In terms of my own practice, I am permitted to work with those who have eating disorders, if they are working alongside their GP, as long as they are not undergoing statutory care or dietetics support. Usually these would be recovering or lower end of the scale in severity of ED. I would absolutely not be allowed to encourage people to eat a lfrv diet though. And as I have said before, I wouldn't want to do that either. I would consider it unethical.
If they are under the care of a dietician, or are supposed to be, then I don't work with them at all. Generally those who are under the regular care of a dietician, especially those who must receive dietetic and medical support, are higher end cases. And I don't think it is in my best interests, nor those of the individual, to receive support from anyone but medical professionals.
I think there is a stark difference between offering personal support as one human to another, either in person or over the internet, and offering professional support. And ethical and legal considerations have to be made when thinking about working with someone with an ED.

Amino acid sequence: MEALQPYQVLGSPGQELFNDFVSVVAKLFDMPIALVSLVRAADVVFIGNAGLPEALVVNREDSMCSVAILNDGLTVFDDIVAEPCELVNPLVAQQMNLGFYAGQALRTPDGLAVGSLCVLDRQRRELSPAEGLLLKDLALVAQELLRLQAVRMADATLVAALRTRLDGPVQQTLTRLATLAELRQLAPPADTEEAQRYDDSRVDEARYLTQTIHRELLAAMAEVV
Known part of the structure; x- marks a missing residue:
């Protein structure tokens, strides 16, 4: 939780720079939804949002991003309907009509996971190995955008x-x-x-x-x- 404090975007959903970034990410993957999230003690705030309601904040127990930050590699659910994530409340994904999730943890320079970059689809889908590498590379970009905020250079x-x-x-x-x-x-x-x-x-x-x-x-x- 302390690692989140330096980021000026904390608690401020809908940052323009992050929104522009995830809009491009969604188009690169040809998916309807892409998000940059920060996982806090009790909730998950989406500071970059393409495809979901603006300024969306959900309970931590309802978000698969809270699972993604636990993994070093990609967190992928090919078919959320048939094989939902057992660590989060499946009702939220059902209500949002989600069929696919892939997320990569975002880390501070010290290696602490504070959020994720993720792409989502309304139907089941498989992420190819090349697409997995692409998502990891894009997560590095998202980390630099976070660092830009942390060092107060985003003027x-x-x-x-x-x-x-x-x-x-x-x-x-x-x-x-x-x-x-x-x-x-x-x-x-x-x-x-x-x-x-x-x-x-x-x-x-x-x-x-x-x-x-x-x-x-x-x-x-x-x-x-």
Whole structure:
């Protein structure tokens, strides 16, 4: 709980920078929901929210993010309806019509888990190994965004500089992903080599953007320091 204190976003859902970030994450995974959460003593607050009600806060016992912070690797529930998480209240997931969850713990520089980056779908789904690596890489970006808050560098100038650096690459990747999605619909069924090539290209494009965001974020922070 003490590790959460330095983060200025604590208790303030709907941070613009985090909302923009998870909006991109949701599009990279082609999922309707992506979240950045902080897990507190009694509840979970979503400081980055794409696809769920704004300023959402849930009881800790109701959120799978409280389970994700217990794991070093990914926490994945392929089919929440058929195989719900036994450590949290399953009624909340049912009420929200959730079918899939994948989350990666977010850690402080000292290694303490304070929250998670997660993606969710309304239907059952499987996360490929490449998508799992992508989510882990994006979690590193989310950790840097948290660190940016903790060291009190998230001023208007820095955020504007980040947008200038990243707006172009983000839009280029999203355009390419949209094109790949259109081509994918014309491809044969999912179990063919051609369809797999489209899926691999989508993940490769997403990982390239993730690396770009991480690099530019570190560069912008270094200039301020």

So personally, whilst I am happy to offer support to those who do not have an active ED, but are interested in getting information about how to increase the likelihood that their diet will be nutritionally sufficient and hopefully reduce the potential risks of eating a diet that excludes many of the standard food groups, I wouldn't want to be added to a list of people on this forum who could offer an alternative to statutory dietetics support. Because that is something I am not willing to offer. I don' see what I offer as a replacement for medical support, especially where it is a statutory requirement.
Thanks for sharing what you do exactly and your concerns, especially in the care of those with EDs.
Another question for you though. Would you be willing to work with people in the UK on the other end of the spectrum such as obese people needing to lose weight, diabetics, cancer patients, etc? You probably already know, but many overweight people are actually malnourished and or have deficiencies too for various reason.